This process continues until all of the segments for the display have been exposed. Then, the plate 12 is removed from the fixed position and the latent holographic images are simultaneously developed by using conventional processing to develop the dichromated gelatin.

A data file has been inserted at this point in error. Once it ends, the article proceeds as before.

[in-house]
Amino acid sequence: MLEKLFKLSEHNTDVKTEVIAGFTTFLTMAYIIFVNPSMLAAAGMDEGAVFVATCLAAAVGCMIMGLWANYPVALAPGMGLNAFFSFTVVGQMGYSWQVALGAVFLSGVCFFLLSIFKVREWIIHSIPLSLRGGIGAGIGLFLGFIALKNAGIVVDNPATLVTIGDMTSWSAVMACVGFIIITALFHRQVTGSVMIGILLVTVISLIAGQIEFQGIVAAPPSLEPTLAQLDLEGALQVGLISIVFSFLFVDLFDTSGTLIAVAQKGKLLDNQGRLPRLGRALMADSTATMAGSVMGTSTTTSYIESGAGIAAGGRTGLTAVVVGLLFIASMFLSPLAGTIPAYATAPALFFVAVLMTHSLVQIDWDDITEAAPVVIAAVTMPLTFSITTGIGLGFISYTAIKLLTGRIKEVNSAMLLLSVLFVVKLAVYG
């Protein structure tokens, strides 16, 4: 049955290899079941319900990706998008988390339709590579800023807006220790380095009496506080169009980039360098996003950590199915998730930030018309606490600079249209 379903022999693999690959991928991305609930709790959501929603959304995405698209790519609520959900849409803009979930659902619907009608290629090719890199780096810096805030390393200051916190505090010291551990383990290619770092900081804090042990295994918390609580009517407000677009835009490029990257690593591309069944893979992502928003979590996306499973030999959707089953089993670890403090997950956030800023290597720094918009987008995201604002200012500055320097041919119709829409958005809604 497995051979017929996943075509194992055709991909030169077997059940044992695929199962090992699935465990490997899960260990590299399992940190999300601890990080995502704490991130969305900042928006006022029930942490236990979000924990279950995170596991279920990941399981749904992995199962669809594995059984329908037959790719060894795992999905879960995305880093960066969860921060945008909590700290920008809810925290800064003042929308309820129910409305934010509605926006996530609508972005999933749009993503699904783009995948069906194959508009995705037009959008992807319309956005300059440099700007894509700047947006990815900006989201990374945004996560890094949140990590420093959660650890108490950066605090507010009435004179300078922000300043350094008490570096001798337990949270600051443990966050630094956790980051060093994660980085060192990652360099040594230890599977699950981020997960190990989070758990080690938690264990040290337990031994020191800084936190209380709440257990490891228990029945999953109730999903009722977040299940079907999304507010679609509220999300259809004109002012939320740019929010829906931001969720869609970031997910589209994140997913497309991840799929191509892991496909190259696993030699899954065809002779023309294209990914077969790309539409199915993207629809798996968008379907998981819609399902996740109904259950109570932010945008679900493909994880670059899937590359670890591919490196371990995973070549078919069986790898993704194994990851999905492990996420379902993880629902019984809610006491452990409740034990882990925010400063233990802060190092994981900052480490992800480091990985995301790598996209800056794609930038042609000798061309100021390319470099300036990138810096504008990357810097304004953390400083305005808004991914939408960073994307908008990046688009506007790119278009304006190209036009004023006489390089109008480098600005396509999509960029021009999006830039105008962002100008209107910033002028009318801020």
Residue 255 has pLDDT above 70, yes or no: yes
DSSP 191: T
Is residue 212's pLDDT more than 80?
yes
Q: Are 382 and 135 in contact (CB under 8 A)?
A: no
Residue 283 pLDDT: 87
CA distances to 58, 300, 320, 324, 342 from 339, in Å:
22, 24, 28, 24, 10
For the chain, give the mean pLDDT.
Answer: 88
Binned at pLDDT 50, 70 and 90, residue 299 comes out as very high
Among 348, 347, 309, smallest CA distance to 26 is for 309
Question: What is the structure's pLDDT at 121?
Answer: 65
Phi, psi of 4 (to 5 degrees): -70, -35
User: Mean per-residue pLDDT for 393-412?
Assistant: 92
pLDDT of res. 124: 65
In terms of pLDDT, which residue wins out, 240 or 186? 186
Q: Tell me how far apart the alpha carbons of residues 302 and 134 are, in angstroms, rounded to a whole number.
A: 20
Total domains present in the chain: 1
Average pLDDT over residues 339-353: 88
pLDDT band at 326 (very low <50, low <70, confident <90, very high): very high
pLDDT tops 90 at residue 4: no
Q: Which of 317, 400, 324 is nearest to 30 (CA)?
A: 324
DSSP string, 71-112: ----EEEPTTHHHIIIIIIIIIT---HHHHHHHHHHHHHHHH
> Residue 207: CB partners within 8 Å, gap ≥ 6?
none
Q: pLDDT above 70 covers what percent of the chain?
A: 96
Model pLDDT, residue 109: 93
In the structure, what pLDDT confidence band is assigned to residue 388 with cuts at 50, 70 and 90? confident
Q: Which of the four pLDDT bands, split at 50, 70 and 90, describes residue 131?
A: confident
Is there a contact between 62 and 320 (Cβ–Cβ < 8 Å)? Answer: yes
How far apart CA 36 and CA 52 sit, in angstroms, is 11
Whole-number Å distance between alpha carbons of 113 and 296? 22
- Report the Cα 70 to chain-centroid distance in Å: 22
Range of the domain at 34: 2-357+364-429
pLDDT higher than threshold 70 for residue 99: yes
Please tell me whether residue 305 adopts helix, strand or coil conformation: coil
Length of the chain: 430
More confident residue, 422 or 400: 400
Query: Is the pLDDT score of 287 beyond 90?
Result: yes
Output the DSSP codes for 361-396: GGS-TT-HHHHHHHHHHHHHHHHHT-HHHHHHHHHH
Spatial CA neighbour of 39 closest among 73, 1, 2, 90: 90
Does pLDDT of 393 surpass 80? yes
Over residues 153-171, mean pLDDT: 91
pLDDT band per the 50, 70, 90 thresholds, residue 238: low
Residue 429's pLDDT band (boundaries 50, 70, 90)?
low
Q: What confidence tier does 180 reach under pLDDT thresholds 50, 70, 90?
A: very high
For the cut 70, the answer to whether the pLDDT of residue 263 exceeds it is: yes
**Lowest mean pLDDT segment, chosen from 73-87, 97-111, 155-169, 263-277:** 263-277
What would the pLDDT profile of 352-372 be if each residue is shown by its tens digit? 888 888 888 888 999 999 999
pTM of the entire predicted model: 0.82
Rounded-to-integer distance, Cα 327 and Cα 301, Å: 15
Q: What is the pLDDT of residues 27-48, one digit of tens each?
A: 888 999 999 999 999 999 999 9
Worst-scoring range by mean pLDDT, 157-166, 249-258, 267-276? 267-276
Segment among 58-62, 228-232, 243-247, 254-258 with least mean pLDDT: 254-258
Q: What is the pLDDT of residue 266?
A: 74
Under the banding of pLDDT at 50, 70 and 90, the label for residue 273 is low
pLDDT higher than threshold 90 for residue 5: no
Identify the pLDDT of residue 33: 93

Turning now to FIGS. 6 and 7, the developed holographic plate 12 is shown imbedded in a windshield 90 of a vehicle 92. A series of playback lamps 94-106 are suitably mounted in the vehicle dash compartment 108 to generate one or more reconstruction or playback beams 110. Each lamp is directed at the hologram plate 12 at different angles, each angle being associated with the angle of the reference beam during construction of a particular segment of the hologram. For example, lamp 94 serves to direct its beam 110' towards plate 12 at the same angle that the reference beam 18 was angled at the plate 12 during exposure of segment 42 in FIG. 1. The other lamps 96-106 are similarly angled. Thus, during playback or reconstruction it is possible to make visible one of the segments individually or several of them collectively by energizing one or more of the lamps 94-106. In the illustrated embodiment, each of the lamps is energized by suitable output signals from a microcomputer 112 having an input coupled to an output of a speed sensor 114. As a result, the multiple exposure hologram on plate 12 can be utilized as a speedometer in a type of heads-up display. As the speed of the vehicle changes the computer will convert the signals from the speed sensor 114 to appropriate signals for driving the correct output lamp or lamps to generate the desired combination of segments to form the correct number so that the user can view the speed of the vehicle without taking his eyes off the road ahead. Of course, it is envisioned that more than one hologram may be illuminated to provide a multi-digit display.